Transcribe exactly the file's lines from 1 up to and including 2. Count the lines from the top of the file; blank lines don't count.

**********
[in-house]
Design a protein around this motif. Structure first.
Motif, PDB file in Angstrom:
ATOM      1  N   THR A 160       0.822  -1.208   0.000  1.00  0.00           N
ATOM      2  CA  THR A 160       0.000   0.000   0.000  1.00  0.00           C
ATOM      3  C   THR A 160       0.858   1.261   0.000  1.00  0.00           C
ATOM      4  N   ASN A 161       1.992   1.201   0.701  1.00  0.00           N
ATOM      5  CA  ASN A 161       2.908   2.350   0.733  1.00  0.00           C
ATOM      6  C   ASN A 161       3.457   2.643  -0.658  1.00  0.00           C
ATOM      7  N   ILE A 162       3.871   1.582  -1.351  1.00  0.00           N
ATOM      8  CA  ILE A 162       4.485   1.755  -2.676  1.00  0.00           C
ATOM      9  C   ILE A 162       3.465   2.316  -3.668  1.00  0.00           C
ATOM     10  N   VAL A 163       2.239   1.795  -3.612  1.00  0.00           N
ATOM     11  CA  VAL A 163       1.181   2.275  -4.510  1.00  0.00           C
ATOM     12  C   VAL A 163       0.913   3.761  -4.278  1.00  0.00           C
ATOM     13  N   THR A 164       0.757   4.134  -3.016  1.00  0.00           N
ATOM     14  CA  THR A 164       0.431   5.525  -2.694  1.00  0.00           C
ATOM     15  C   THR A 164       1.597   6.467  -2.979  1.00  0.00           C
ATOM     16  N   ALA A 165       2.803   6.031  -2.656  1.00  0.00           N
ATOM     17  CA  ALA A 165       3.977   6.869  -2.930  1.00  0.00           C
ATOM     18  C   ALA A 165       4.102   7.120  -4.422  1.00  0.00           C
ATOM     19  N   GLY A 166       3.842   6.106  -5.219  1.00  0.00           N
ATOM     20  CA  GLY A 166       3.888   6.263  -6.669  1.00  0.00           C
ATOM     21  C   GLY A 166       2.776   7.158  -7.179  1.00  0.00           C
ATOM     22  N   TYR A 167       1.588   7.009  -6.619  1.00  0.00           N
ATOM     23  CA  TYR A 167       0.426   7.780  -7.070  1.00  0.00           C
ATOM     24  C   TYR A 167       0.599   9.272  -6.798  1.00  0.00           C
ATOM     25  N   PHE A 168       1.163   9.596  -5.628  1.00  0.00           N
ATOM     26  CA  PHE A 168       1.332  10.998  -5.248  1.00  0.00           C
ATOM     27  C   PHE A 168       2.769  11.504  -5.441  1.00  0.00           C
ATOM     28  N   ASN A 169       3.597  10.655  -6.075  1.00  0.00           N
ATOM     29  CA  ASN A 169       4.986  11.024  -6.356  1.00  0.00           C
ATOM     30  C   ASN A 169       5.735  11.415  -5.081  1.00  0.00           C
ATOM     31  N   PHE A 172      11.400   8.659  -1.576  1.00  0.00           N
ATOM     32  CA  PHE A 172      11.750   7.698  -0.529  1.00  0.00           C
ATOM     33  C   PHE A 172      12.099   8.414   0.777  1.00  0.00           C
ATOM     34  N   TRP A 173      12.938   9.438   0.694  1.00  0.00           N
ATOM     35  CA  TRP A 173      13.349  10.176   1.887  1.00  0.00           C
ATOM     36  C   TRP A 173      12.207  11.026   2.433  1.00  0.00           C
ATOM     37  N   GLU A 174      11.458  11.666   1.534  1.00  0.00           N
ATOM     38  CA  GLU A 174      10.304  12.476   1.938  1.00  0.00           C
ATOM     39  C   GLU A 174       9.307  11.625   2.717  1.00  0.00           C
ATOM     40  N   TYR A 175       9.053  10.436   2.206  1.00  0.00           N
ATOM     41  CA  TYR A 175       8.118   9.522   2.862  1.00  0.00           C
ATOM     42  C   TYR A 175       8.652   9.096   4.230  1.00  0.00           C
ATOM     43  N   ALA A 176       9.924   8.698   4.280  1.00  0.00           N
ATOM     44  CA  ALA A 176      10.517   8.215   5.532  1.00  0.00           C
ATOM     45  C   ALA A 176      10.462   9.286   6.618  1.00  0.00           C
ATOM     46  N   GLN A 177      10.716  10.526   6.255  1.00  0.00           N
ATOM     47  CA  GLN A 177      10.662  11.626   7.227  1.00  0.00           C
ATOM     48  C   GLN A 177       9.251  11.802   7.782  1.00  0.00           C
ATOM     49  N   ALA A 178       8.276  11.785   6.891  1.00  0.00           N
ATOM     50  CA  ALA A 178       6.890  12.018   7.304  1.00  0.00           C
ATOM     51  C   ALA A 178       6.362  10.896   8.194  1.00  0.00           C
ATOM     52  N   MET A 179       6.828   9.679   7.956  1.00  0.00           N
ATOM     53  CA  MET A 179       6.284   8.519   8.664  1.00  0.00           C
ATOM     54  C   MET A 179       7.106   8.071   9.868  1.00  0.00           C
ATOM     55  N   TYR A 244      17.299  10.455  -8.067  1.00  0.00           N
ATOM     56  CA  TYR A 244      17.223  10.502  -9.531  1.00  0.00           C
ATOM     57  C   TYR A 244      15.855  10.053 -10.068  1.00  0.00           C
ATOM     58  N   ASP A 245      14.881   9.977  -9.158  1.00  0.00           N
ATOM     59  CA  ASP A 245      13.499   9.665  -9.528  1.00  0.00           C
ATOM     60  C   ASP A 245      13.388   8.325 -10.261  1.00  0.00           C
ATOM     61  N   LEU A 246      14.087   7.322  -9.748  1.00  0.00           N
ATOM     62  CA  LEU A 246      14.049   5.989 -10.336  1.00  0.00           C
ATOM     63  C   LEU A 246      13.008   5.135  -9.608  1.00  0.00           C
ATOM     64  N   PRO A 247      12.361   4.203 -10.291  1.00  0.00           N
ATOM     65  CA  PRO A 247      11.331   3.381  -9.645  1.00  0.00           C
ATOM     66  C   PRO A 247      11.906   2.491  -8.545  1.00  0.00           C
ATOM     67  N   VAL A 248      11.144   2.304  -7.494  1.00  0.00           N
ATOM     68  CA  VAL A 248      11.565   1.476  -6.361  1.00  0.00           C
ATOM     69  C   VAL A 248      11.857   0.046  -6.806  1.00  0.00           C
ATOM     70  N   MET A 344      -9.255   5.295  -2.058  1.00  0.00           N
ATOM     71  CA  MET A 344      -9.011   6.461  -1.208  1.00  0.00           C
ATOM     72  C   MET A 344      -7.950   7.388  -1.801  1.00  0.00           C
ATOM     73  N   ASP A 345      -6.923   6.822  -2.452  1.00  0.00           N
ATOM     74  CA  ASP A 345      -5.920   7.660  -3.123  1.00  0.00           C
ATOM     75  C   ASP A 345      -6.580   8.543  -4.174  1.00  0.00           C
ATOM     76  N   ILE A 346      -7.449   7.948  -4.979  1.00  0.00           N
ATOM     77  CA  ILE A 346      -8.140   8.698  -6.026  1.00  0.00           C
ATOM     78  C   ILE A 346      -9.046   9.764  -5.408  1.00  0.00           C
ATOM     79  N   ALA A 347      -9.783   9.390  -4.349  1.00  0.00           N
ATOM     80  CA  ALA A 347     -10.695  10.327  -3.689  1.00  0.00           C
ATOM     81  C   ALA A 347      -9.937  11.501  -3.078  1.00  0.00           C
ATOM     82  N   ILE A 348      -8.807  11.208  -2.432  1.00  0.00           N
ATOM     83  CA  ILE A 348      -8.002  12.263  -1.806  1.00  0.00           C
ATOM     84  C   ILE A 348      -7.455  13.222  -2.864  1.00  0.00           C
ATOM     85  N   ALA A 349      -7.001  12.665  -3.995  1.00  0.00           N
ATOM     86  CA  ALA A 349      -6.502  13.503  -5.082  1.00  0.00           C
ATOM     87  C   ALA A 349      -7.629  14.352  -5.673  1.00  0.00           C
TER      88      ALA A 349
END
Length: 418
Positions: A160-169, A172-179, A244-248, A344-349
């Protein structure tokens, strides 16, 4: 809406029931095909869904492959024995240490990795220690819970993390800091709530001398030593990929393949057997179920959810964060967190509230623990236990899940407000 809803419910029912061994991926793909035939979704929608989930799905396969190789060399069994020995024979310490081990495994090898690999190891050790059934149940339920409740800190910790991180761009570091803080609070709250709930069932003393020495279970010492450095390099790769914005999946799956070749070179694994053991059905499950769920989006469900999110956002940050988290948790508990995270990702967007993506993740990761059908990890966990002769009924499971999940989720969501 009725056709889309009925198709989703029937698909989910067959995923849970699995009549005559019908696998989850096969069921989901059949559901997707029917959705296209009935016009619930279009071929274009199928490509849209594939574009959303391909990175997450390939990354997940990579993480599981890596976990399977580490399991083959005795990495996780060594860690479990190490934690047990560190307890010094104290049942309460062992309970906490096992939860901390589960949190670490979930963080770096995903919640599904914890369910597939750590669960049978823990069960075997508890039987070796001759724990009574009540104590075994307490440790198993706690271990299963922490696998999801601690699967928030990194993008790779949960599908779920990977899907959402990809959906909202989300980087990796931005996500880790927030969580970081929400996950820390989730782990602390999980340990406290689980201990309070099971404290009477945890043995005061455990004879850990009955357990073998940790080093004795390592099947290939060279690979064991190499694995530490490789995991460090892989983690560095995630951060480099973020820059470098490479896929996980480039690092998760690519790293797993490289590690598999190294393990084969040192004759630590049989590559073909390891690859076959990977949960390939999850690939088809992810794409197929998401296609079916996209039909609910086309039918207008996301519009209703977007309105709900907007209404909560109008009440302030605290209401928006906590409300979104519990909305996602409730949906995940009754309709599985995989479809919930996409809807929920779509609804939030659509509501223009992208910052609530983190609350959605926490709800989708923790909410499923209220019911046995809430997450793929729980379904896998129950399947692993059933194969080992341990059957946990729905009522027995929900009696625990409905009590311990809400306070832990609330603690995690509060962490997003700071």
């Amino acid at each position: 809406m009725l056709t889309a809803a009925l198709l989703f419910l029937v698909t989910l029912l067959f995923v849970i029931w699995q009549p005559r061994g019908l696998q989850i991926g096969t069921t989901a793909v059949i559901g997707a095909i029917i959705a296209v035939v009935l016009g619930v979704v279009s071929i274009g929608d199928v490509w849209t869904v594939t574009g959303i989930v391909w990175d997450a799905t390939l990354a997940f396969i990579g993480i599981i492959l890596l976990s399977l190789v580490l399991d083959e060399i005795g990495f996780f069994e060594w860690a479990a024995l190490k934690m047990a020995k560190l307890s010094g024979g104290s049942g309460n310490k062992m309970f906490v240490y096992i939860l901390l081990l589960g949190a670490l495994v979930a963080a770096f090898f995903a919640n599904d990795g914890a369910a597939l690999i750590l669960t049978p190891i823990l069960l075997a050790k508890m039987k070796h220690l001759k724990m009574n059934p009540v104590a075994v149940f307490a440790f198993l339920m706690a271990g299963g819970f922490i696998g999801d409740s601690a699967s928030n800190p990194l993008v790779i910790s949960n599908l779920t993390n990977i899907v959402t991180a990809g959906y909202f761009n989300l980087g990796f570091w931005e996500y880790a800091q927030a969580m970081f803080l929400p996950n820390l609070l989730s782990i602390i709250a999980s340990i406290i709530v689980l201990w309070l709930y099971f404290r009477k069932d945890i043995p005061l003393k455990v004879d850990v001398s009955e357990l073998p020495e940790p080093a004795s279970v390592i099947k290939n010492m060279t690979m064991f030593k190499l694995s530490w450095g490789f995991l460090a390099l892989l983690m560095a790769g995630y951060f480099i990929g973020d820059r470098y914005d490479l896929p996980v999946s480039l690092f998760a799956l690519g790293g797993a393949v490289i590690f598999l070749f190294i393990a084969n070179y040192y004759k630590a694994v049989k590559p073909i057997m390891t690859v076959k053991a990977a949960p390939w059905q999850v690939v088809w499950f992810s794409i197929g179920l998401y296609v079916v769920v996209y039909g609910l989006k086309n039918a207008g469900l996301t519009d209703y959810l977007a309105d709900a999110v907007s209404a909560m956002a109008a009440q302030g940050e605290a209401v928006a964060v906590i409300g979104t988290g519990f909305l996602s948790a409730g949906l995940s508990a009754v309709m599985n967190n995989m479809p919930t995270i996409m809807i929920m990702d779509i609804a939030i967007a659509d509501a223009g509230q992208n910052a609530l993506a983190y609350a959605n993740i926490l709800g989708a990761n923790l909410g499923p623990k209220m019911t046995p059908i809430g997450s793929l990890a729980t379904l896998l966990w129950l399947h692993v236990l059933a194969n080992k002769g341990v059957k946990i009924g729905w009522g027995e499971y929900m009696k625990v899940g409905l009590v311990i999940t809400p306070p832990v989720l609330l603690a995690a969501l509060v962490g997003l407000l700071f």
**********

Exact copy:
[in-house]
Design a protein around this motif. Structure first.